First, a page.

, could eventually help researchers to discover the causes behind cases of unexplained infertility and develop treatments for affected couples. The method involves loading porous silica nanoparticle 'envelopes' with compounds to identify, diagnose or treat the causes of infertility.
The researchers demonstrated that the nanoparticles could be attached to boar sperm with no detrimental effects on their function.
'An attractive feature of nanoparticles is that they are like an empty envelope that can be loaded with a variety of compounds and inserted into cells,' says Dr Natalia Barkalina, lead author of the study from the Nuffield Department of Obstetrics and Gynaecology at Oxford University. 'The nanoparticles we use don't appear to interfere with the sperm, making them a perfect delivery vessel.
'We will start with compounds to investigate the biology of infertility, and within a few years may be able to explain or even diagnose rare cases in patients. In future we could even deliver treatments in a similar way.'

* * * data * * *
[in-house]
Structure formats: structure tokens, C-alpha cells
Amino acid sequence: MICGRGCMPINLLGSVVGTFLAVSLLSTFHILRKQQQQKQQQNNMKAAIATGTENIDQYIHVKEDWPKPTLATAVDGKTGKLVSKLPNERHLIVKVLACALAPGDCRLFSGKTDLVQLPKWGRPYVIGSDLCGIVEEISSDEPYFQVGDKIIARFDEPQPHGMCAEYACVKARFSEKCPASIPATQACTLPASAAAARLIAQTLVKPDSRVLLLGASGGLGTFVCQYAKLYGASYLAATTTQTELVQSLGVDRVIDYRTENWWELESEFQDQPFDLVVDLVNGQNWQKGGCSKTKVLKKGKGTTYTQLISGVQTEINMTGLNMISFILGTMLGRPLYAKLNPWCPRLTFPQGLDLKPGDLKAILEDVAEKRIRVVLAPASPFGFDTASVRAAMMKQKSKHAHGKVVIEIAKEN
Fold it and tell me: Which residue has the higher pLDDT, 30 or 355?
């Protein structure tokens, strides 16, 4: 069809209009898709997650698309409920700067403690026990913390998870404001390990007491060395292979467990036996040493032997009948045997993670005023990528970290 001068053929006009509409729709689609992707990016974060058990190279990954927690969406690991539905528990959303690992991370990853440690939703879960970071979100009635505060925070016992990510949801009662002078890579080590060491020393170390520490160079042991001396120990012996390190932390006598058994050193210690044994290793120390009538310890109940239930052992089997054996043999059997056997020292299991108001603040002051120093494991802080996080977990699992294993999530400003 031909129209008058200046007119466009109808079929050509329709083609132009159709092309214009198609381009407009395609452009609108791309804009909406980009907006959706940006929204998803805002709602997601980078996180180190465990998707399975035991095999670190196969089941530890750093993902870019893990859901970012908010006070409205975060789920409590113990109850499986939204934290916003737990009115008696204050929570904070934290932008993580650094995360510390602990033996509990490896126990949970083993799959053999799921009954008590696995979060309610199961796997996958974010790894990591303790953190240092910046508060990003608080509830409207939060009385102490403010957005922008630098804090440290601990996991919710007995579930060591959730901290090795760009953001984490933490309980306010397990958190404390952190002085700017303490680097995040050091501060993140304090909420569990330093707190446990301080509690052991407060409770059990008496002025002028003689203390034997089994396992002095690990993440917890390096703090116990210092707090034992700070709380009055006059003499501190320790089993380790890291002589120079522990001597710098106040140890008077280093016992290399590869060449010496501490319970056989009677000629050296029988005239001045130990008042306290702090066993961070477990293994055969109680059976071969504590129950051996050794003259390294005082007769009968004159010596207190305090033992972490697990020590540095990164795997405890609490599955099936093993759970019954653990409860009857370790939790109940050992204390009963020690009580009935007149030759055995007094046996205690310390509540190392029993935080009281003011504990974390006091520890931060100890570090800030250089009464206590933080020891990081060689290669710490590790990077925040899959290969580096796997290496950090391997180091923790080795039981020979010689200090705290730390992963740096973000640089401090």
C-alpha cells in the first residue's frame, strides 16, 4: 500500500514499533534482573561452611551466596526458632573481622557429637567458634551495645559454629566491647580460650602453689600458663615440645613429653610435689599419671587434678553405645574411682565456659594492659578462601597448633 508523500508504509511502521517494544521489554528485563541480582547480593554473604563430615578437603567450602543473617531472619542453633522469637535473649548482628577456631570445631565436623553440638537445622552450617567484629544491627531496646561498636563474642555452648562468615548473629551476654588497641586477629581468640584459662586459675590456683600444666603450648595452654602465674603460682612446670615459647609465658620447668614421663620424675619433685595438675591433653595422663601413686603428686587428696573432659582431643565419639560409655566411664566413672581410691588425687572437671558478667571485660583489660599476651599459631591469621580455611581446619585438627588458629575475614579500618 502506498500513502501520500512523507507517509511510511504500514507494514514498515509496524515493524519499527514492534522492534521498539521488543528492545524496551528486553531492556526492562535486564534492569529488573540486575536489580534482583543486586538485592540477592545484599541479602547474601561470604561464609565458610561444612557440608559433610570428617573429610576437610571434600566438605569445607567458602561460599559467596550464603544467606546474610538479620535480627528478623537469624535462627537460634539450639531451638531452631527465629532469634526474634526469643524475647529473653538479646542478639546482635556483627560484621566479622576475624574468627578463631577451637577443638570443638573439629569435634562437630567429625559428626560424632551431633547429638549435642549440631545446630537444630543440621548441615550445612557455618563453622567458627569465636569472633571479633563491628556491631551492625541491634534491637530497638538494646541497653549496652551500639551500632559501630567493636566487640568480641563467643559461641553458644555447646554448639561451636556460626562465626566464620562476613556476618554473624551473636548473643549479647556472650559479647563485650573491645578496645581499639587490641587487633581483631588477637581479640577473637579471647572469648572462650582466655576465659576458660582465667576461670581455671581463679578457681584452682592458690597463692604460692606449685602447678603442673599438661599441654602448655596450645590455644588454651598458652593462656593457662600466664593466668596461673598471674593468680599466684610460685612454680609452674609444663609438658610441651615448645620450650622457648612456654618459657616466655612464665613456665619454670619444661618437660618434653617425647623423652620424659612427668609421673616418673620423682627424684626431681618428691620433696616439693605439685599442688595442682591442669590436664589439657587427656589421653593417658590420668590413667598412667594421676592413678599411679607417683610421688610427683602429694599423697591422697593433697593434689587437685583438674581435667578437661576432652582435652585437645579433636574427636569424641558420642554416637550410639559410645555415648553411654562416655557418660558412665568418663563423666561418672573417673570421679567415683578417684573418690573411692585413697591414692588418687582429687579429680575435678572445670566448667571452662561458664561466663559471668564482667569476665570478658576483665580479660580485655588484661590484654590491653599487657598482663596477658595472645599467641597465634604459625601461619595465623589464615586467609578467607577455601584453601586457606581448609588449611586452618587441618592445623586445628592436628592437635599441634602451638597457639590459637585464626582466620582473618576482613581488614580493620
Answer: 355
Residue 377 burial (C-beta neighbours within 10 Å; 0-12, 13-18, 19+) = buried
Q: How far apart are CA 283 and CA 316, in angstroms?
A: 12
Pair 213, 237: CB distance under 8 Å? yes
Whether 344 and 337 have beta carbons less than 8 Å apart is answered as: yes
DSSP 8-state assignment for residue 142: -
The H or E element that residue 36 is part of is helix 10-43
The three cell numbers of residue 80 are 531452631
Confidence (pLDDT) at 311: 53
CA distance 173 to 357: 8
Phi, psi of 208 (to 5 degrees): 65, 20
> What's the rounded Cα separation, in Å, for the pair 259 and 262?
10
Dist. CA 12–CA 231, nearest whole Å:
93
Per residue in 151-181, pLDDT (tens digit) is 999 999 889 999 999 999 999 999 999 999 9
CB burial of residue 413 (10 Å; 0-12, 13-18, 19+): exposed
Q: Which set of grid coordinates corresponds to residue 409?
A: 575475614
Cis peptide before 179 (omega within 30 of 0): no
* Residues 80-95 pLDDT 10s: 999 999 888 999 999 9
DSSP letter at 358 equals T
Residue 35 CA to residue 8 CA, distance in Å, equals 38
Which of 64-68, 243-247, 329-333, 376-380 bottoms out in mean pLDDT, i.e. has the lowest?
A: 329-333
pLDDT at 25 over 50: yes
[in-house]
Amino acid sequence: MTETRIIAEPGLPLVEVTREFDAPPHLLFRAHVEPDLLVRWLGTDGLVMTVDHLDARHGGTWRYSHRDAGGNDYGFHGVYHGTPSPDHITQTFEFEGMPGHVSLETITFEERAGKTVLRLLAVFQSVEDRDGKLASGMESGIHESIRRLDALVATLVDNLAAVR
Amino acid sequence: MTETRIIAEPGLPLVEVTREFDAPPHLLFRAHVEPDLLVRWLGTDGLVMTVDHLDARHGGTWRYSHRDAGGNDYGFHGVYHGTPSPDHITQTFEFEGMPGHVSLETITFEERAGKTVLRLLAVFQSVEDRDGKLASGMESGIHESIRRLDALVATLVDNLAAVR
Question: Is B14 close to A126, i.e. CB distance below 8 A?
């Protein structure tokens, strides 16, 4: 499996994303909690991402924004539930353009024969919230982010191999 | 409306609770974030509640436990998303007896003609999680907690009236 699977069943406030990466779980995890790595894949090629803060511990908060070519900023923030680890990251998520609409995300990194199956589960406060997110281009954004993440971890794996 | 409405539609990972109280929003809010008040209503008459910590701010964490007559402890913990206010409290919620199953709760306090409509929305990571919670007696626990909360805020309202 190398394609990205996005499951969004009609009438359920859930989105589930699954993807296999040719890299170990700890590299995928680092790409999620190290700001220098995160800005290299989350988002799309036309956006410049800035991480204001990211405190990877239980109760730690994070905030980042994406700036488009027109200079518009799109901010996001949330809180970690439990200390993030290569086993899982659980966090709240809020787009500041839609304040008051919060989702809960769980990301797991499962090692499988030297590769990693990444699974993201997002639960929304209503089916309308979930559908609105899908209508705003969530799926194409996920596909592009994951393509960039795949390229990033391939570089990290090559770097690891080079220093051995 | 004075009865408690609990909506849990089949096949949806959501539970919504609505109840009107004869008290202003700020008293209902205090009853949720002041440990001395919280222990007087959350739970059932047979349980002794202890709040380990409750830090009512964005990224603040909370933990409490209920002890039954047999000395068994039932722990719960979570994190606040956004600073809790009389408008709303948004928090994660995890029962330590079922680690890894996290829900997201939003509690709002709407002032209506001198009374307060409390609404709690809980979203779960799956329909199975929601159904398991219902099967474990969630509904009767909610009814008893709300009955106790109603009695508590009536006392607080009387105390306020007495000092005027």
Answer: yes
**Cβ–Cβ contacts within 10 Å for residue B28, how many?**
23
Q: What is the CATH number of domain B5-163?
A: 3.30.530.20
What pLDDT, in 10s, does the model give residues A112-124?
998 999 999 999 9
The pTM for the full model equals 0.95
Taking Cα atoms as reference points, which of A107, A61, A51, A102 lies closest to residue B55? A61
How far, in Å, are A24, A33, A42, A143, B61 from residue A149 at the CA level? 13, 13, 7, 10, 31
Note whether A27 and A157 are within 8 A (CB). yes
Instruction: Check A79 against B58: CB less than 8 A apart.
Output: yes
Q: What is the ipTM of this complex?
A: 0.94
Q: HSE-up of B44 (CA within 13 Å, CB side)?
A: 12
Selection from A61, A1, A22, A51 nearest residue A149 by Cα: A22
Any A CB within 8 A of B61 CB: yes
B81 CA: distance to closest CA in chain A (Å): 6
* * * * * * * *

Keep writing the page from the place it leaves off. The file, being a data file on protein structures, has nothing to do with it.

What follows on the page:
Sperm are difficult to study due to their small size, unusual shape and short lifetime outside of the body. Yet this is a vital part of infertility research, as senior author Dr Kevin Coward explains: 'To discover the causes of infertility, we need to investigate sperm to see where the problems start. Previous methods involved complicated procedures in animals and introduced months of delays before the sperm could be used.
'Now, we can simply expose sperm to nanoparticles in a petri dish. It's so simple that it can all be done quickly enough for the sperm to survive perfectly unharmed.'